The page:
Coast Guard commissions Cutter Edgar Culbertson in Galveston, Texas

The crew of the Coast Guard Cutter Edgar Culbertson man the ship and bring her to life during the commissioning ceremony at Sector Field Office Galveston, Texas, June 11, 2020. The crew of the Edgar Culbertson will have a patrol area encompassing 900 miles of coastline for the Coast Guard’s Eighth District, from Carrabelle, Florida, to Brownsville, Texas. (U.S. Coast Guard photo by Officer Trainee Marissa Skidmore)

The crew of the Coast Guard Cutter Edgar Culbertson man the ship and bring her to life during the commissioning ceremony at Sector Field Office Galveston, Texas, June 11, 2020.  (U.S. Coast Guard photo by Officer Trainee Marissa Skidmore)

HOUSTON — The Coast Guard held a commissioning ceremony for the Coast Guard Cutter Edgar Culbertson, the service’s 37th fast response cutter, at Coast Guard Sector Field Office Galveston, Texas, Thursday.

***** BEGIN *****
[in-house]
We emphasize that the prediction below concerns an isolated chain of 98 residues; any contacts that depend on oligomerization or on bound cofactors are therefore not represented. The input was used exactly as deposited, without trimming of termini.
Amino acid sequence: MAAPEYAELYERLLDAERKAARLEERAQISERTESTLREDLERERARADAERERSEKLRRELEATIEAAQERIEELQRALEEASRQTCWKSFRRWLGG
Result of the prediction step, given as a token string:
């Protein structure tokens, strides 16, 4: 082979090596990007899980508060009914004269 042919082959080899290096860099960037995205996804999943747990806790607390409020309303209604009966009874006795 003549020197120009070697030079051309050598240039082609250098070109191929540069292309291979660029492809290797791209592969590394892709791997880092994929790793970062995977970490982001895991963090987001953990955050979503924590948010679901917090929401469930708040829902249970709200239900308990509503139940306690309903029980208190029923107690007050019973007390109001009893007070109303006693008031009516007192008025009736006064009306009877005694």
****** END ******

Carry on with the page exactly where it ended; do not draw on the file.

Rear Adm. John Nadeau, Eighth Coast Guard District commander, presided over the ceremony, along with Lt. Katie Shveda, Coast Guard Cutter Edgar Culbertson commanding officer.

Edgar Culbertson, the cutter’s namesake, was a Coast Guard petty officer 1st class and Coast Guard Medal recipient who died April 30, 1967, while attempting the rescue of three brothers during a storm in Duluth, Minnesota.


Culbertson and two other Coast Guardsmen, Petty Officer 3rd Class Richard Callahan and Fireman Ronald Prei, volunteered to attempt the rescue. After arriving at the pier they tethered themselves together and searched the pier with lanterns in an attempt to locate the missing Halverson brothers. As the heroes searched for the boys, a large wave crashed over the wall, knocking Culberston over the side.

Culbertson was a 31-year-old native of Ferndale, Michigan, a veteran of the Korean War and had served in the Coast Guard since 1952.

The Coast Guard Cutter Edgar Culbertson’s patrol area will encompass 900 miles of coastline for the Coast Guard’s Eighth District, from Carrabelle, Florida, to Brownsville, Texas. Fast response cutters are named after Coast Guard enlisted heroes and will replace the service’s 110-foot patrol boats. These vessels feature advanced command, control, communications, computers, intelligence, surveillance, and reconnaissance equipment.

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